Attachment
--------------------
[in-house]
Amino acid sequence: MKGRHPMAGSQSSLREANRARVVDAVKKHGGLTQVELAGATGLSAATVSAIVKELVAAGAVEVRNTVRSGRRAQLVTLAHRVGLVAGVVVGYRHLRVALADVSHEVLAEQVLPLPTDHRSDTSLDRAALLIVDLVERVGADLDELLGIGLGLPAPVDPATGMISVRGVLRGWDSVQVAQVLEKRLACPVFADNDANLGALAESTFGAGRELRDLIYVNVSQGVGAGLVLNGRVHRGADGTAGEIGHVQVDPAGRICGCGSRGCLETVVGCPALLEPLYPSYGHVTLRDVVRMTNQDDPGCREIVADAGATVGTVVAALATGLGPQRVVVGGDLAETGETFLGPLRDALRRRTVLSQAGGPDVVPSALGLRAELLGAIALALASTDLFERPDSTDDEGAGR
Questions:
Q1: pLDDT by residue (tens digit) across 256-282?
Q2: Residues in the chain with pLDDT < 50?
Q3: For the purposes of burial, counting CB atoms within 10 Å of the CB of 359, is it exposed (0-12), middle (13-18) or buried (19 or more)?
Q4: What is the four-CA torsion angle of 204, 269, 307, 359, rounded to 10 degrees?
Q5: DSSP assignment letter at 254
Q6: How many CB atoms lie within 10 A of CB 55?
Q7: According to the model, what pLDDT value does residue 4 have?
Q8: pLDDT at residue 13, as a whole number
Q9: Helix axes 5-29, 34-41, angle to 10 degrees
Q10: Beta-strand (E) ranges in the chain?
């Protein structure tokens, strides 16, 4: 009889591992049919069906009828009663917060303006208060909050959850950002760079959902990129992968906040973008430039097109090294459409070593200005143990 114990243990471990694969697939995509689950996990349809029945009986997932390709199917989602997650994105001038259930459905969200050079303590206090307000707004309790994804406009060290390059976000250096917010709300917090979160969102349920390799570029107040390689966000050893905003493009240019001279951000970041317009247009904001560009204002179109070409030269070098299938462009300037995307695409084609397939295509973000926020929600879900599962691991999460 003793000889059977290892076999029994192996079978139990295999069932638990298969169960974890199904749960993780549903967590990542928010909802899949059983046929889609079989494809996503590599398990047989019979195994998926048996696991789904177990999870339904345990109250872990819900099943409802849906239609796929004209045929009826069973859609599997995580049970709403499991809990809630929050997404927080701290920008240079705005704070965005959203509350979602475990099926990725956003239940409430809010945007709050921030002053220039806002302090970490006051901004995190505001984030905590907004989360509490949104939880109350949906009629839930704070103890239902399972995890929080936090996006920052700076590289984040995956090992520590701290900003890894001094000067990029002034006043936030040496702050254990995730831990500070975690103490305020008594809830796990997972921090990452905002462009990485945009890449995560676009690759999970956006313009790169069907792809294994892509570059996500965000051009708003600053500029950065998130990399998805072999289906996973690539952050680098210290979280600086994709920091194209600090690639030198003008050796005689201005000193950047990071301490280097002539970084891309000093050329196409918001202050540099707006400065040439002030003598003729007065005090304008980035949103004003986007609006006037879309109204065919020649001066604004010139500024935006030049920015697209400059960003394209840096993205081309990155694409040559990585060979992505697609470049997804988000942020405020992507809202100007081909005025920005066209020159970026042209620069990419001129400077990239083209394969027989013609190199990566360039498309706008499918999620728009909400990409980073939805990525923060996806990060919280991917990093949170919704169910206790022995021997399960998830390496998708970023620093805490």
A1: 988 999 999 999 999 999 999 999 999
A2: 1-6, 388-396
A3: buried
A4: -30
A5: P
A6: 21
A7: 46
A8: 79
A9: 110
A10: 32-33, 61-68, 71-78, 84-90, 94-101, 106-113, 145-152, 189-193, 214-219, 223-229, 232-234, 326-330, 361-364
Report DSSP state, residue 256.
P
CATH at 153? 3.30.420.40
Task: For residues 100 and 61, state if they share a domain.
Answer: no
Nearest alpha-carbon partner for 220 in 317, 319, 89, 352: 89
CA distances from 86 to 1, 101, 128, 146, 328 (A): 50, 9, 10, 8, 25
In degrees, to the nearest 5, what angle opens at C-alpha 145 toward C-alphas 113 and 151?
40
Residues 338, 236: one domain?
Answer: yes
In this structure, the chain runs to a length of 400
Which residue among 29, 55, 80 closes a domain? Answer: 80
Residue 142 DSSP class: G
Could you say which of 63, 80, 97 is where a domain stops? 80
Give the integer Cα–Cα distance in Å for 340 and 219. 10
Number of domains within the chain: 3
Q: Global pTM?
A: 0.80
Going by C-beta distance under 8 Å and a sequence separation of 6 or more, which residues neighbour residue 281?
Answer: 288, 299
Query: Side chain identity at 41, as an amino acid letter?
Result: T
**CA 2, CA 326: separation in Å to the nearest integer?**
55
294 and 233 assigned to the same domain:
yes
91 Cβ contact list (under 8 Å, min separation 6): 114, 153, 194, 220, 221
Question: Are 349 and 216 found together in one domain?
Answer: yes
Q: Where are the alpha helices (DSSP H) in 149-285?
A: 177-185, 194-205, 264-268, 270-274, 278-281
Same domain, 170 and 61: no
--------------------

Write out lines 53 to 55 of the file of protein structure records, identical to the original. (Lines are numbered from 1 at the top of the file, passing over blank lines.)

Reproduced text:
Question: Are 349 and 216 found together in one domain?
Answer: yes
Q: Where are the alpha helices (DSSP H) in 149-285?